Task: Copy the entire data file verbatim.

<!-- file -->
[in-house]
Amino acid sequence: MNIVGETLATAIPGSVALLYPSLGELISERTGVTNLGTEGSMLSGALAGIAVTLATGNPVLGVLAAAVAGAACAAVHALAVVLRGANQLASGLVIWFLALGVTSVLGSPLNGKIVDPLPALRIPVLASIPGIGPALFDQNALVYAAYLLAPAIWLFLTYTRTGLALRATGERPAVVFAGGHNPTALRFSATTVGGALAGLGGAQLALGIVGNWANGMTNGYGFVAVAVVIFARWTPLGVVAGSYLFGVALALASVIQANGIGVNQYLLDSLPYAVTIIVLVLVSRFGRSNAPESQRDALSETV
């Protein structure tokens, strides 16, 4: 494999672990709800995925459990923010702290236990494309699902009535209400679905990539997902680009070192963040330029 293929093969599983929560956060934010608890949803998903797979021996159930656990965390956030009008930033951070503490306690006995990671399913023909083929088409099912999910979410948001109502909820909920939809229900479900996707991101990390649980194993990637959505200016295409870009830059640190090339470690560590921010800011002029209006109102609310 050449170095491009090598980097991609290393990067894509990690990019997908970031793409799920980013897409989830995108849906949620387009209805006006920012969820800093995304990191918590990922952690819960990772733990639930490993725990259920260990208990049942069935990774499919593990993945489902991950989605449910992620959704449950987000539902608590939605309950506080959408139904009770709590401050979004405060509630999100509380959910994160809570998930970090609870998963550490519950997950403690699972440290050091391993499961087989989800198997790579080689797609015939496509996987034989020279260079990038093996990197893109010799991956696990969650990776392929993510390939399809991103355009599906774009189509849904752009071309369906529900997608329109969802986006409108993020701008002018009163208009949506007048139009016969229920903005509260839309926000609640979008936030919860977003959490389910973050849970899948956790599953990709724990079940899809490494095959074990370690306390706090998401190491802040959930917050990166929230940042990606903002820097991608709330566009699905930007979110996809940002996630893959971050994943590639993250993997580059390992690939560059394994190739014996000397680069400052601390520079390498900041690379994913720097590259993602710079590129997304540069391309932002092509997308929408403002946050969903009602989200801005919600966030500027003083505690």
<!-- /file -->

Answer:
[in-house]
Amino acid sequence: MNIVGETLATAIPGSVALLYPSLGELISERTGVTNLGTEGSMLSGALAGIAVTLATGNPVLGVLAAAVAGAACAAVHALAVVLRGANQLASGLVIWFLALGVTSVLGSPLNGKIVDPLPALRIPVLASIPGIGPALFDQNALVYAAYLLAPAIWLFLTYTRTGLALRATGERPAVVFAGGHNPTALRFSATTVGGALAGLGGAQLALGIVGNWANGMTNGYGFVAVAVVIFARWTPLGVVAGSYLFGVALALASVIQANGIGVNQYLLDSLPYAVTIIVLVLVSRFGRSNAPESQRDALSETV
């Protein structure tokens, strides 16, 4: 494999672990709800995925459990923010702290236990494309699902009535209400679905990539997902680009070192963040330029 293929093969599983929560956060934010608890949803998903797979021996159930656990965390956030009008930033951070503490306690006995990671399913023909083929088409099912999910979410948001109502909820909920939809229900479900996707991101990390649980194993990637959505200016295409870009830059640190090339470690560590921010800011002029209006109102609310 050449170095491009090598980097991609290393990067894509990690990019997908970031793409799920980013897409989830995108849906949620387009209805006006920012969820800093995304990191918590990922952690819960990772733990639930490993725990259920260990208990049942069935990774499919593990993945489902991950989605449910992620959704449950987000539902608590939605309950506080959408139904009770709590401050979004405060509630999100509380959910994160809570998930970090609870998963550490519950997950403690699972440290050091391993499961087989989800198997790579080689797609015939496509996987034989020279260079990038093996990197893109010799991956696990969650990776392929993510390939399809991103355009599906774009189509849904752009071309369906529900997608329109969802986006409108993020701008002018009163208009949506007048139009016969229920903005509260839309926000609640979008936030919860977003959490389910973050849970899948956790599953990709724990079940899809490494095959074990370690306390706090998401190491802040959930917050990166929230940042990606903002820097991608709330566009699905930007979110996809940002996630893959971050994943590639993250993997580059390992690939560059394994190739014996000397680069400052601390520079390498900041690379994913720097590259993602710079590129997304540069391309932002092509997308929408403002946050969903009602989200801005919600966030500027003083505690």